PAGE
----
An active role for the elderly in the process for an integrated Europe

  • Remedios López-Liria Faculty of Health Science, University of Almería, La Cañada de San Urbano,04120 Almería
  • Pilar Díaz-López Faculty of Health Science, University of Almería, La Cañada de San Urbano, 04120 Almería
  • Patricia Rocamora-Pérez Faculty of Health Science, University of Almería, La Cañada de San Urbano, 04120 Almería
  • José Manuel Aguilar-Parra Faculty of Health Science, University of Almería, La Cañada de San Urbano, 04120 Almería
  • Ana Manzano-León Faculty of Health Science, University of Almería, La Cañada de San Urbano, 04120 Almería
  • David Padilla-Góngora Faculty of Health Science, University of Almería, La Cañada de San Urbano, 04120 Almería
Keywords: lifelong learning, elderly, intercultural

Abstract

The European project entitled "Integrating adults and the elderly towards a Europe of knowledge", coordinated by the University of Almería, within the actions of "Grundtvig learning partnerships for adult education", has carried out the assessment of an educational program for people over 55 years in five countries. The aim of the learning partnership was “to encourage the development of innovative practices in education of older people and their transfer between countries”.

Methods: Some of the following teaching tools and methods were used to promote intercultural communication skills: simulation activities, followed by reflective discussion and/or written analysis; guided group activities; local visits to contact people from other countries; ethnographic projects.

Results: The courses provide knowledge and understanding about culture, institutions and different ways of life in diverse communities, and encourage reflection about their own cultural behaviour, practices and attitudes, as well as those of others. Old people enhance communication in their community, by means of meetings in which they talk about their common concerns. This can help the elderly to overcome problems and reduce feelings of loneliness. The courses also help old people acquire new knowledge and skills in a rapidly changing world.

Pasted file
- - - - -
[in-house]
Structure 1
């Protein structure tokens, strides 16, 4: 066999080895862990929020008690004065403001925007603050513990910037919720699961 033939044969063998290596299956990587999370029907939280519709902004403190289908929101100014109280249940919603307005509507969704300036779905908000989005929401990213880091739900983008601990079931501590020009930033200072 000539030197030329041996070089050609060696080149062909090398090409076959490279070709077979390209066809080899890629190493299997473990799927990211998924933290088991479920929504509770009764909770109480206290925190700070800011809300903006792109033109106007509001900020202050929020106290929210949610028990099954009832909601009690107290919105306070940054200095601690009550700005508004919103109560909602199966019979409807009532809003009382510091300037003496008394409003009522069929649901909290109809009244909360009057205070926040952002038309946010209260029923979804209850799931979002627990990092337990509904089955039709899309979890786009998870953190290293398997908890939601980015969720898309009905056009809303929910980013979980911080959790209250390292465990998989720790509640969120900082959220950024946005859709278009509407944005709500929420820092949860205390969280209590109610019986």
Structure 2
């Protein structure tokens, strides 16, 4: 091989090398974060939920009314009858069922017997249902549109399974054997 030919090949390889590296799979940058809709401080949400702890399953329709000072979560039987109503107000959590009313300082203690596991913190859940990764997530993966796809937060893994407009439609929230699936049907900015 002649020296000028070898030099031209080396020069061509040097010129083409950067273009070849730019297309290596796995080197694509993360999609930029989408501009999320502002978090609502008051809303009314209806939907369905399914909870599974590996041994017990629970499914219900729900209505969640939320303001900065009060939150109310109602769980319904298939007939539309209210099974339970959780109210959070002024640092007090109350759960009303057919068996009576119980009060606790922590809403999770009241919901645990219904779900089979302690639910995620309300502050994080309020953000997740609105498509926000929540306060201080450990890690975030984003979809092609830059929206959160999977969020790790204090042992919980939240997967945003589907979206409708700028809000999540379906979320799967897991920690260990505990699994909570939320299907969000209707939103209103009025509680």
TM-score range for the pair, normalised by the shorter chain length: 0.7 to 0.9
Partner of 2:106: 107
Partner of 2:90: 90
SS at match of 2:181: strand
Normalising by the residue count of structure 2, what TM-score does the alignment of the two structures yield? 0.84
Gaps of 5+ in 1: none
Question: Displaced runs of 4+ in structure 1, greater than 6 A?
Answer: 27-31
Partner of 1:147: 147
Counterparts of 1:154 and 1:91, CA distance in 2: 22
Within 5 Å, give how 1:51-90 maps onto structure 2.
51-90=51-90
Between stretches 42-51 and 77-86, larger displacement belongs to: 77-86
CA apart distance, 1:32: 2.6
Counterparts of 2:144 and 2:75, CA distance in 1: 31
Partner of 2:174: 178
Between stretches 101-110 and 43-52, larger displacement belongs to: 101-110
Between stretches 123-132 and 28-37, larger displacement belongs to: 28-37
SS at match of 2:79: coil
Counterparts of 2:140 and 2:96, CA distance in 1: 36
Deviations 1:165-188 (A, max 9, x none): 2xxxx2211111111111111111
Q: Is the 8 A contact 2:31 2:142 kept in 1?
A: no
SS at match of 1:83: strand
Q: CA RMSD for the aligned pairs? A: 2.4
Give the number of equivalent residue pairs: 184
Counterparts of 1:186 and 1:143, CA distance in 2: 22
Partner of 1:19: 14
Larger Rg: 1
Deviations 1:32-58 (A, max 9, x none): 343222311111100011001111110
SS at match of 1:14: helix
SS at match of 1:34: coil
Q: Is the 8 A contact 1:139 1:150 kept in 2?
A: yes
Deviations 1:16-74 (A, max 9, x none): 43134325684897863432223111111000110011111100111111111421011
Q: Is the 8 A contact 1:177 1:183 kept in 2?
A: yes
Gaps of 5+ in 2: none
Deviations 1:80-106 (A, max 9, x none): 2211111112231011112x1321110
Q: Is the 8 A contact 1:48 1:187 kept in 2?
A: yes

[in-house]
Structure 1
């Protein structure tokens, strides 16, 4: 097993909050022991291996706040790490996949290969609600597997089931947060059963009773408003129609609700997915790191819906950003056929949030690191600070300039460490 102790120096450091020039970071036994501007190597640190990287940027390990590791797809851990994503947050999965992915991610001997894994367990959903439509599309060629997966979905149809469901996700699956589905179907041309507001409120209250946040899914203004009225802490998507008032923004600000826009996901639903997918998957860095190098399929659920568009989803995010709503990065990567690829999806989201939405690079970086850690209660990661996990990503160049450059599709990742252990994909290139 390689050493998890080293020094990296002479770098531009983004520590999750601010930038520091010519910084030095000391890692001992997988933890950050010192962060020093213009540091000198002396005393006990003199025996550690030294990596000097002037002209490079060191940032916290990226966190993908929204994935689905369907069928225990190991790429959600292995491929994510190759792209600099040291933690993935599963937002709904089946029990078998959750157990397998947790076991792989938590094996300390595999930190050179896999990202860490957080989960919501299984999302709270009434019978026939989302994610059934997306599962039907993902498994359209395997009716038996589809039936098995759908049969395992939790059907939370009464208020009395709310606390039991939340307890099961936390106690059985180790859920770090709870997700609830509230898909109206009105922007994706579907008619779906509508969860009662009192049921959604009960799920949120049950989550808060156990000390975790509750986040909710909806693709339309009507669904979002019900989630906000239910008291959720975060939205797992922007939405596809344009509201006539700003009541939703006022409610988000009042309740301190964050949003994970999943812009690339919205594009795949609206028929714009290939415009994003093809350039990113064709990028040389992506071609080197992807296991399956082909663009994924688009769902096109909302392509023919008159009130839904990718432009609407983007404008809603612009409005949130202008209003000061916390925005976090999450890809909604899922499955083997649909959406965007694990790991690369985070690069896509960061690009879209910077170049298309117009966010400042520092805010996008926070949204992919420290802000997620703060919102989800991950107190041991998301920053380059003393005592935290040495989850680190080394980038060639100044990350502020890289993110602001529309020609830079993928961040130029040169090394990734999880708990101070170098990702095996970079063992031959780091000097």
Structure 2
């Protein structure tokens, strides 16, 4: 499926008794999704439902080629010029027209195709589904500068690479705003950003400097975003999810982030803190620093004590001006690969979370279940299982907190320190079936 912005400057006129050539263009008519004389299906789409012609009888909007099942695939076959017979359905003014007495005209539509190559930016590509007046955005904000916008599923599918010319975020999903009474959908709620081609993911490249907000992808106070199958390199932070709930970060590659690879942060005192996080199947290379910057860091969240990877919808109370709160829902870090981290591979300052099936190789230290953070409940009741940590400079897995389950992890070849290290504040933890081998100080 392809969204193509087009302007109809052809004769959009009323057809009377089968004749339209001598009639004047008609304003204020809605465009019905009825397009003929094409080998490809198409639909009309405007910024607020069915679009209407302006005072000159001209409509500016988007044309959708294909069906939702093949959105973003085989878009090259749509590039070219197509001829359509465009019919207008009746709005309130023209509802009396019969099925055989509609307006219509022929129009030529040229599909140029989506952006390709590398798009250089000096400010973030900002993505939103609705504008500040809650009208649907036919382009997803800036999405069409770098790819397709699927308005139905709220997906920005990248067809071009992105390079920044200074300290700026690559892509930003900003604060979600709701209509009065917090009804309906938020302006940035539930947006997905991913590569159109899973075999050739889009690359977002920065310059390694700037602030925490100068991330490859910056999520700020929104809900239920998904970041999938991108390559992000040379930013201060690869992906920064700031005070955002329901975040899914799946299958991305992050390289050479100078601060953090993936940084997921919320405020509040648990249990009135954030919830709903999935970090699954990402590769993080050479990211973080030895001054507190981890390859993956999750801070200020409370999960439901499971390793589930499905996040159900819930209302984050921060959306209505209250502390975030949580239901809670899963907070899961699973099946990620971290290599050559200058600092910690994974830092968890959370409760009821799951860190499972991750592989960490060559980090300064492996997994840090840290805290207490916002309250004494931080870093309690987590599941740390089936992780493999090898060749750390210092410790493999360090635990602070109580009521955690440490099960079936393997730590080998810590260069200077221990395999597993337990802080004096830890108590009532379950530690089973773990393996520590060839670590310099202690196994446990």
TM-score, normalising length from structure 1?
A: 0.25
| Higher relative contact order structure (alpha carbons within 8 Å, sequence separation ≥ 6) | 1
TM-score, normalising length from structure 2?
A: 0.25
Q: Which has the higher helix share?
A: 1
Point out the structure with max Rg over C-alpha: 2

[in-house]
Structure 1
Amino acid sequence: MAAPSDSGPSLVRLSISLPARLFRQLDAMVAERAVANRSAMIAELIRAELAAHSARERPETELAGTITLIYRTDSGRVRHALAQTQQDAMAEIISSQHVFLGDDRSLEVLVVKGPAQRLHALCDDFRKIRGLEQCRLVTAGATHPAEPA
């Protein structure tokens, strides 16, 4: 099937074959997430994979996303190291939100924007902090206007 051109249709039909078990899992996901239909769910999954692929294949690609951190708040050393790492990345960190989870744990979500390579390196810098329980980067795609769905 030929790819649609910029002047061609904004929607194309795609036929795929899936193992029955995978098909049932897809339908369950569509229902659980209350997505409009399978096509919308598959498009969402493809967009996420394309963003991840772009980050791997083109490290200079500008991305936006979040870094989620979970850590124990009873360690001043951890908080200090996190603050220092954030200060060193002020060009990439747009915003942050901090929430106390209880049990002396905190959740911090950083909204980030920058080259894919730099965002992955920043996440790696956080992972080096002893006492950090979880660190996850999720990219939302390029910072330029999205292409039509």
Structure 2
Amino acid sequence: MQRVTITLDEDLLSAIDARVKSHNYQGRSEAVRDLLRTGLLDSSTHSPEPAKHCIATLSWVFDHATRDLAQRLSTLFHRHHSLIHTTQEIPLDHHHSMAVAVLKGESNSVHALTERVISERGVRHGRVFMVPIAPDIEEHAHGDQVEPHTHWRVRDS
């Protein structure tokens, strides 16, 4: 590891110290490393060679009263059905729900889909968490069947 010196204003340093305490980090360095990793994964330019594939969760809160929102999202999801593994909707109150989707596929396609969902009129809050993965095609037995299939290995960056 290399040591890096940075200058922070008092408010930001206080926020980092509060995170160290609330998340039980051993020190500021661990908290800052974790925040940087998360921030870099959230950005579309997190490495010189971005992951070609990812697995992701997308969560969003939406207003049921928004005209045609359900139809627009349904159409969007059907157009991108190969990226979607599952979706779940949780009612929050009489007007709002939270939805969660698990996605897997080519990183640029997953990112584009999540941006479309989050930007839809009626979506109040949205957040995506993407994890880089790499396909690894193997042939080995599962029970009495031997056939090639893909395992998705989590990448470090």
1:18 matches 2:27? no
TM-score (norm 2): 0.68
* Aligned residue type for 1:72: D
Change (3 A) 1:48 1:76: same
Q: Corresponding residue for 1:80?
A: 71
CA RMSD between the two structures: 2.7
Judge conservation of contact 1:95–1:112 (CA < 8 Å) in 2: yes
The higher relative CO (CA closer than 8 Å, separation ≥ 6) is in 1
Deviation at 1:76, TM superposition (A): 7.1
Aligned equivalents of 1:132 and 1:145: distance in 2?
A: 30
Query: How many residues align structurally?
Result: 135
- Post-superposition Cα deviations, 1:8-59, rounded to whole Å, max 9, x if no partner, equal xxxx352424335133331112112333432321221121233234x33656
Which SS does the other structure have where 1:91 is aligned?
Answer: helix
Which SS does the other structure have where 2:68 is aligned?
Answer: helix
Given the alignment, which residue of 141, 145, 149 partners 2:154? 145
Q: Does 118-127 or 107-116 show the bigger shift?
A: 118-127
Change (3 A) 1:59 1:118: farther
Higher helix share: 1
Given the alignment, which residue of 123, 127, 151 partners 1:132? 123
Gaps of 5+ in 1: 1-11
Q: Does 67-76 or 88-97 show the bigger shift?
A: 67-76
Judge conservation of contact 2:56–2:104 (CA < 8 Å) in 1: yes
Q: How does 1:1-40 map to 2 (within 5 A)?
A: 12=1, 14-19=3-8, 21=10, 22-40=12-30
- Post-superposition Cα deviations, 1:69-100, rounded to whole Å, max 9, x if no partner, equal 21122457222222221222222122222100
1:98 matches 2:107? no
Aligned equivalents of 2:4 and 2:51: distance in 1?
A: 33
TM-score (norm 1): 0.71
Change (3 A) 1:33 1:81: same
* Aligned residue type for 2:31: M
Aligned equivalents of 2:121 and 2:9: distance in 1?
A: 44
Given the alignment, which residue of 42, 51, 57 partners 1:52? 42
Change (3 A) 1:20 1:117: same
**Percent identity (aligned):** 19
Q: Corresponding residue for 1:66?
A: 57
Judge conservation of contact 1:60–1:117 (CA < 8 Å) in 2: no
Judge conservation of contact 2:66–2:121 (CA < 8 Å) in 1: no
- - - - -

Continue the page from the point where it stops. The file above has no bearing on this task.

Conclusions: Participants’ motivation increased as the sessions were developed, since the contents of the classes agreed with their own interests, with a constant widening of knowledge. Everybody had an active role in the discussions. This training has shown some aspects about ageing, such as the removal of the image of  the idle retired person; at the same time it promotes active retirement, intergenerational relationships and independence, and improves social and personal skills

Author Biographies

Remedios López-Liria, Faculty of Health Science, University of Almería, La Cañada de San Urbano,04120 Almería

PhD, professor of the university of Almeria in Spain,

scientific interests: physioteraphy, gerontology, lifelong learning

Pilar Díaz-López, Faculty of Health Science, University of Almería, La Cañada de San Urbano, 04120 Almería

PhD student in Almeria, Spain

health problems in later life

Patricia Rocamora-Pérez, Faculty of Health Science, University of Almería, La Cañada de San Urbano, 04120 Almería

PhD, professor at the University of Almeria, Spain

scientific interests: successful aging

 

José Manuel Aguilar-Parra, Faculty of Health Science, University of Almería, La Cañada de San Urbano, 04120 Almería

PhD, professor of the University of Almeria, Spain

interests: psychological assessment

Ana Manzano-León, Faculty of Health Science, University of Almería, La Cañada de San Urbano, 04120 Almería

PhD student, Department of Psychology, University of Almeria, Spain

education

David Padilla-Góngora, Faculty of Health Science, University of Almería, La Cañada de San Urbano, 04120 Almería

PhD, professor at the University of Alemria, Spain

psychology in later life

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Published
2016-06-28
How to Cite
López-Liria, R., Díaz-López, P., Rocamora-Pérez, P., Aguilar-Parra, J., Manzano-León, A., & Padilla-Góngora, D. (2016). An active role for the elderly in the process for an integrated Europe. Journal of Education Culture and Society, 7(1), 32-41. https://doi.org/https://doi.org/10.15503/jecs20161.32.41